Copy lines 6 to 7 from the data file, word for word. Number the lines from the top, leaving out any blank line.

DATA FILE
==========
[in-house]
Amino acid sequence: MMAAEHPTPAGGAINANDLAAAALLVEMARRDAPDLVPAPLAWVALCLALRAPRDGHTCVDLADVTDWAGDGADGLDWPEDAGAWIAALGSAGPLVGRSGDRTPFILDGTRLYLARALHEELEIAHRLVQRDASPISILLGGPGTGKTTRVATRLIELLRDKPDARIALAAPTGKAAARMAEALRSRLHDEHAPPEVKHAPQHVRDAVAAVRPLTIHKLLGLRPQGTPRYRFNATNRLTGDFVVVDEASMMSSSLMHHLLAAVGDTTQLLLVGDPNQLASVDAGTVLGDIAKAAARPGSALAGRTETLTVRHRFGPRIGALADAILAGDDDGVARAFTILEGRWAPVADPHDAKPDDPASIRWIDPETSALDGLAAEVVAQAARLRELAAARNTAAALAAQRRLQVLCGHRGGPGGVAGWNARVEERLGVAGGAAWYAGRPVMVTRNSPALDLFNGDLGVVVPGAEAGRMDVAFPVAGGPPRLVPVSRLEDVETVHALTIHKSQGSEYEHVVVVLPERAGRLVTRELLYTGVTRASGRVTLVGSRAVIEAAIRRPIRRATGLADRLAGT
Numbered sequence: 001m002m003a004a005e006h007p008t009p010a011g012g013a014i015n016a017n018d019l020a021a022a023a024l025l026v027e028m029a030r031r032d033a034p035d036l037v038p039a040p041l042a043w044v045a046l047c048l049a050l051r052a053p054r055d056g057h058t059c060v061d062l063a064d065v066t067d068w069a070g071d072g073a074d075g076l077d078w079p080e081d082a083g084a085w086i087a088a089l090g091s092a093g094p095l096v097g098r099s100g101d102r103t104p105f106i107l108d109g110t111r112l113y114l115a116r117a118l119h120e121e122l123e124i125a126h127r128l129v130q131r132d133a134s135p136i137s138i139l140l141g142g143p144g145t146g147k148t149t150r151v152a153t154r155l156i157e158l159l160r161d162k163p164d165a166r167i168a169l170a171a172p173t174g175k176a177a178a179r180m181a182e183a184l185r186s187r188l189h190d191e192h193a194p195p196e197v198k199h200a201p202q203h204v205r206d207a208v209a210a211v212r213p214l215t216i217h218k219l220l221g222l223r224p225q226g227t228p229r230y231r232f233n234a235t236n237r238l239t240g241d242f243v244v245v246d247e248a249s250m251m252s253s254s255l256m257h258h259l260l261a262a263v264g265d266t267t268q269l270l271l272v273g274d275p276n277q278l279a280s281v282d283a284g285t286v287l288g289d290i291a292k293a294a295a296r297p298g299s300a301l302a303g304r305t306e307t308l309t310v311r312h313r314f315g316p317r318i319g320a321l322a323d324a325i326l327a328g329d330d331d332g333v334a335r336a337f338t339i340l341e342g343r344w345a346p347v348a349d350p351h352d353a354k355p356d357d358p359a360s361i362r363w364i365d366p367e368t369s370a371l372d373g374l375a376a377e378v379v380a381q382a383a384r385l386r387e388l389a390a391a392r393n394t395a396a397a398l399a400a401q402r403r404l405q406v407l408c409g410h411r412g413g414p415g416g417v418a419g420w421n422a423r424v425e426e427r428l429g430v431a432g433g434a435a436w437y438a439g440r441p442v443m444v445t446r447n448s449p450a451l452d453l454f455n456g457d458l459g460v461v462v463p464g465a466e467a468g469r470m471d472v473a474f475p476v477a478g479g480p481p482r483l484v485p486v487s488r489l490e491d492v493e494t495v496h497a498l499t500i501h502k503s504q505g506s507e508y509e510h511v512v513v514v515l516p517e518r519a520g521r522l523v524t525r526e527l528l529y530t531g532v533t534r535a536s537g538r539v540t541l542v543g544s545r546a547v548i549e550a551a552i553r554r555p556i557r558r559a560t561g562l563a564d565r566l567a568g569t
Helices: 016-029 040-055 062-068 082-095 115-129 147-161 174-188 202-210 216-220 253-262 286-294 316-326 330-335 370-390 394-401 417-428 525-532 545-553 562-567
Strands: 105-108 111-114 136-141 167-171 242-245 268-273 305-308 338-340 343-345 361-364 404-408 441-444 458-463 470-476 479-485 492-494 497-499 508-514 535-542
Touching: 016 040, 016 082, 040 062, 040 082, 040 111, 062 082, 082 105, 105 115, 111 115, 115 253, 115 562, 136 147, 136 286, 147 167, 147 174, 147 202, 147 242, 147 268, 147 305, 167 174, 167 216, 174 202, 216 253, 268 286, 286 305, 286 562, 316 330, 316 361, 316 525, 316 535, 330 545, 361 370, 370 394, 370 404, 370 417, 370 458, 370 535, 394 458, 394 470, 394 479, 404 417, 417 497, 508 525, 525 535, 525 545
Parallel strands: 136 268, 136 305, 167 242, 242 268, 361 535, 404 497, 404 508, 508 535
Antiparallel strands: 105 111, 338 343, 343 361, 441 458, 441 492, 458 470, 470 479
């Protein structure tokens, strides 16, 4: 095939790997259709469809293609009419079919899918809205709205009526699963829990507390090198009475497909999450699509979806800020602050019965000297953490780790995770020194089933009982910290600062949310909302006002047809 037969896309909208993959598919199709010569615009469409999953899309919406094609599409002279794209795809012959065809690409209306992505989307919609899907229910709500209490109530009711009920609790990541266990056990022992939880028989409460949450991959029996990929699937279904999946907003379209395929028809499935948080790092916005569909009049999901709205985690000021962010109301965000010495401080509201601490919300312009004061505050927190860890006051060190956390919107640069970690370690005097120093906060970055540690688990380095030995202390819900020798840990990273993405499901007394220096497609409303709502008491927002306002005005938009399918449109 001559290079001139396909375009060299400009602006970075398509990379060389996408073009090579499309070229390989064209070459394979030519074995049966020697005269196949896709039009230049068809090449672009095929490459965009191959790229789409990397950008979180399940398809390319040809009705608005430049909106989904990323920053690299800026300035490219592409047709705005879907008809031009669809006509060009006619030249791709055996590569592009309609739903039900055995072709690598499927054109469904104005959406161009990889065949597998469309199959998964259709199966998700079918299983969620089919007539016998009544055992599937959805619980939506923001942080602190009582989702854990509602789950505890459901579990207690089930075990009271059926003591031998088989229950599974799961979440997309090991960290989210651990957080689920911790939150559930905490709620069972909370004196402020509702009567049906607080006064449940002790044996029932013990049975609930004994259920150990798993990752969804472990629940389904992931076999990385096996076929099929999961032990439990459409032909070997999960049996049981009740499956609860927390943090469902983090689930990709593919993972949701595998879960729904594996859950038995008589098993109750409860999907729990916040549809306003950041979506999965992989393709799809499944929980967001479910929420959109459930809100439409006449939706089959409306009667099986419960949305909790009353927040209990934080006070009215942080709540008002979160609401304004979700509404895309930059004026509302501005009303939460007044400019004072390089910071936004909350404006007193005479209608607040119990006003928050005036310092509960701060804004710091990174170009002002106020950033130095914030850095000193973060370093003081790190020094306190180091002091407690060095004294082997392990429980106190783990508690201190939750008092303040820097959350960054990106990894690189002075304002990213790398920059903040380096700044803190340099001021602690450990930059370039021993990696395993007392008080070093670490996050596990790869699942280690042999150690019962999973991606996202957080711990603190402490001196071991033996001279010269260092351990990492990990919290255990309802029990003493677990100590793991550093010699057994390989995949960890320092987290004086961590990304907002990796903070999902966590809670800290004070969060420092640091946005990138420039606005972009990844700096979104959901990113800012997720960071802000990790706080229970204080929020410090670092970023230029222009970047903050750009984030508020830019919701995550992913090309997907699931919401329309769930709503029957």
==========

Touching: 016 040, 016 082, 040 062, 040 082, 040 111, 062 082, 082 105, 105 115, 111 115, 115 253, 115 562, 136 147, 136 286, 147 167, 147 174, 147 202, 147 242, 147 268, 147 305, 167 174, 167 216, 174 202, 216 253, 268 286, 286 305, 286 562, 316 330, 316 361, 316 525, 316 535, 330 545, 361 370, 370 394, 370 404, 370 417, 370 458, 370 535, 394 458, 394 470, 394 479, 404 417, 417 497, 508 525, 525 535, 525 545
Parallel strands: 136 268, 136 305, 167 242, 242 268, 361 535, 404 497, 404 508, 508 535